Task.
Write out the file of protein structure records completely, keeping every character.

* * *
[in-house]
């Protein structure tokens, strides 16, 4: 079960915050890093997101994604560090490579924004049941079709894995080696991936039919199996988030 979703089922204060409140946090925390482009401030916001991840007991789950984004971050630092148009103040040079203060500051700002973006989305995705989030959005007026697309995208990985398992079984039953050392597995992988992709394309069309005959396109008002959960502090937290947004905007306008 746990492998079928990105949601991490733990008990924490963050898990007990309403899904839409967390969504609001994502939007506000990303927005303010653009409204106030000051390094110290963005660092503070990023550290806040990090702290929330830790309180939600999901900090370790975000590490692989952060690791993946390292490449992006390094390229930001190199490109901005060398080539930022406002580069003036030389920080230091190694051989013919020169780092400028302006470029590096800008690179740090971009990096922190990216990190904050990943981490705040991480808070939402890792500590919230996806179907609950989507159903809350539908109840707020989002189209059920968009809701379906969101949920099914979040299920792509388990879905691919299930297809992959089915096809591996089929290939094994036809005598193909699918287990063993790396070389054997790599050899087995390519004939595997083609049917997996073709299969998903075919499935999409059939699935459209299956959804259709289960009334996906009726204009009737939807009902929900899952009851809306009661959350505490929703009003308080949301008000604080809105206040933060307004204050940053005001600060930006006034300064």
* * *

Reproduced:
[in-house]
């Protein structure tokens, strides 16, 4: 079960915050890093997101994604560090490579924004049941079709894995080696991936039919199996988030 979703089922204060409140946090925390482009401030916001991840007991789950984004971050630092148009103040040079203060500051700002973006989305995705989030959005007026697309995208990985398992079984039953050392597995992988992709394309069309005959396109008002959960502090937290947004905007306008 746990492998079928990105949601991490733990008990924490963050898990007990309403899904839409967390969504609001994502939007506000990303927005303010653009409204106030000051390094110290963005660092503070990023550290806040990090702290929330830790309180939600999901900090370790975000590490692989952060690791993946390292490449992006390094390229930001190199490109901005060398080539930022406002580069003036030389920080230091190694051989013919020169780092400028302006470029590096800008690179740090971009990096922190990216990190904050990943981490705040991480808070939402890792500590919230996806179907609950989507159903809350539908109840707020989002189209059920968009809701379906969101949920099914979040299920792509388990879905691919299930297809992959089915096809591996089929290939094994036809005598193909699918287990063993790396070389054997790599050899087995390519004939595997083609049917997996073709299969998903075919499935999409059939699935459209299956959804259709289960009334996906009726204009009737939807009902929900899952009851809306009661959350505490929703009003308080949301008000604080809105206040933060307004204050940053005001600060930006006034300064």